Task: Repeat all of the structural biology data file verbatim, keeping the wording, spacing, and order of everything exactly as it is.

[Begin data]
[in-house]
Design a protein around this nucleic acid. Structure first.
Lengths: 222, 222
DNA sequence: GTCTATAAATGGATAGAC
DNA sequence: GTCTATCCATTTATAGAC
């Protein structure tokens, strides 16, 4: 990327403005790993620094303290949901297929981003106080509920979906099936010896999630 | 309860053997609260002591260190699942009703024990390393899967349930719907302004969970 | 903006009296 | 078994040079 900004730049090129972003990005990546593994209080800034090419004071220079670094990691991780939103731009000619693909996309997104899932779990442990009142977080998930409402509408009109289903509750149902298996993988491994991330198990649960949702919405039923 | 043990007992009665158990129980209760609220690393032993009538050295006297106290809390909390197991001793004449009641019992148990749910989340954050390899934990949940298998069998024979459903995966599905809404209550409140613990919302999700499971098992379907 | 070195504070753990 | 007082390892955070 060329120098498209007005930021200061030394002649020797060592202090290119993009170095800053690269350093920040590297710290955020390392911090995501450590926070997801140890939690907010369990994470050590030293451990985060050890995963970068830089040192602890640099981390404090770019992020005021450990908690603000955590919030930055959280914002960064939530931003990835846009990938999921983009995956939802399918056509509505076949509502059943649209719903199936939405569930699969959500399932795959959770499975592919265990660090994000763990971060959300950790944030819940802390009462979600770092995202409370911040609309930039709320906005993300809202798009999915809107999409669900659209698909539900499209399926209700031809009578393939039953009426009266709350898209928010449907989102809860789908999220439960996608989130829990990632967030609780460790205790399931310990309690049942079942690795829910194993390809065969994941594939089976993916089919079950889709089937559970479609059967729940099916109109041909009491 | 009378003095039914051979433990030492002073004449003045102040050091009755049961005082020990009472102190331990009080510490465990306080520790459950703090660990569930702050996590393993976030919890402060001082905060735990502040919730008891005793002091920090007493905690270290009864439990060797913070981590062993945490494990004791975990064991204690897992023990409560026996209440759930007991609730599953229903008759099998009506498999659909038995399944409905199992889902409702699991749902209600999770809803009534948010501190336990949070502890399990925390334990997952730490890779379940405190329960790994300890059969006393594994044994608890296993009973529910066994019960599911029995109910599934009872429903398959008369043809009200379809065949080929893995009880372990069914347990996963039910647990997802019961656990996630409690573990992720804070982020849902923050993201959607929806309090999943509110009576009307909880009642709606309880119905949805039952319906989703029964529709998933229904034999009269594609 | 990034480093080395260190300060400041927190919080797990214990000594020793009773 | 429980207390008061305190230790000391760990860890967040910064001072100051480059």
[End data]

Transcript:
[in-house]
Design a protein around this nucleic acid. Structure first.
Lengths: 222, 222
DNA sequence: GTCTATAAATGGATAGAC
DNA sequence: GTCTATCCATTTATAGAC
């Protein structure tokens, strides 16, 4: 990327403005790993620094303290949901297929981003106080509920979906099936010896999630 | 309860053997609260002591260190699942009703024990390393899967349930719907302004969970 | 903006009296 | 078994040079 900004730049090129972003990005990546593994209080800034090419004071220079670094990691991780939103731009000619693909996309997104899932779990442990009142977080998930409402509408009109289903509750149902298996993988491994991330198990649960949702919405039923 | 043990007992009665158990129980209760609220690393032993009538050295006297106290809390909390197991001793004449009641019992148990749910989340954050390899934990949940298998069998024979459903995966599905809404209550409140613990919302999700499971098992379907 | 070195504070753990 | 007082390892955070 060329120098498209007005930021200061030394002649020797060592202090290119993009170095800053690269350093920040590297710290955020390392911090995501450590926070997801140890939690907010369990994470050590030293451990985060050890995963970068830089040192602890640099981390404090770019992020005021450990908690603000955590919030930055959280914002960064939530931003990835846009990938999921983009995956939802399918056509509505076949509502059943649209719903199936939405569930699969959500399932795959959770499975592919265990660090994000763990971060959300950790944030819940802390009462979600770092995202409370911040609309930039709320906005993300809202798009999915809107999409669900659209698909539900499209399926209700031809009578393939039953009426009266709350898209928010449907989102809860789908999220439960996608989130829990990632967030609780460790205790399931310990309690049942079942690795829910194993390809065969994941594939089976993916089919079950889709089937559970479609059967729940099916109109041909009491 | 009378003095039914051979433990030492002073004449003045102040050091009755049961005082020990009472102190331990009080510490465990306080520790459950703090660990569930702050996590393993976030919890402060001082905060735990502040919730008891005793002091920090007493905690270290009864439990060797913070981590062993945490494990004791975990064991204690897992023990409560026996209440759930007991609730599953229903008759099998009506498999659909038995399944409905199992889902409702699991749902209600999770809803009534948010501190336990949070502890399990925390334990997952730490890779379940405190329960790994300890059969006393594994044994608890296993009973529910066994019960599911029995109910599934009872429903398959008369043809009200379809065949080929893995009880372990069914347990996963039910647990997802019961656990996630409690573990992720804070982020849902923050993201959607929806309090999943509110009576009307909880009642709606309880119905949805039952319906989703029964529709998933229904034999009269594609 | 990034480093080395260190300060400041927190919080797990214990000594020793009773 | 429980207390008061305190230790000391760990860890967040910064001072100051480059």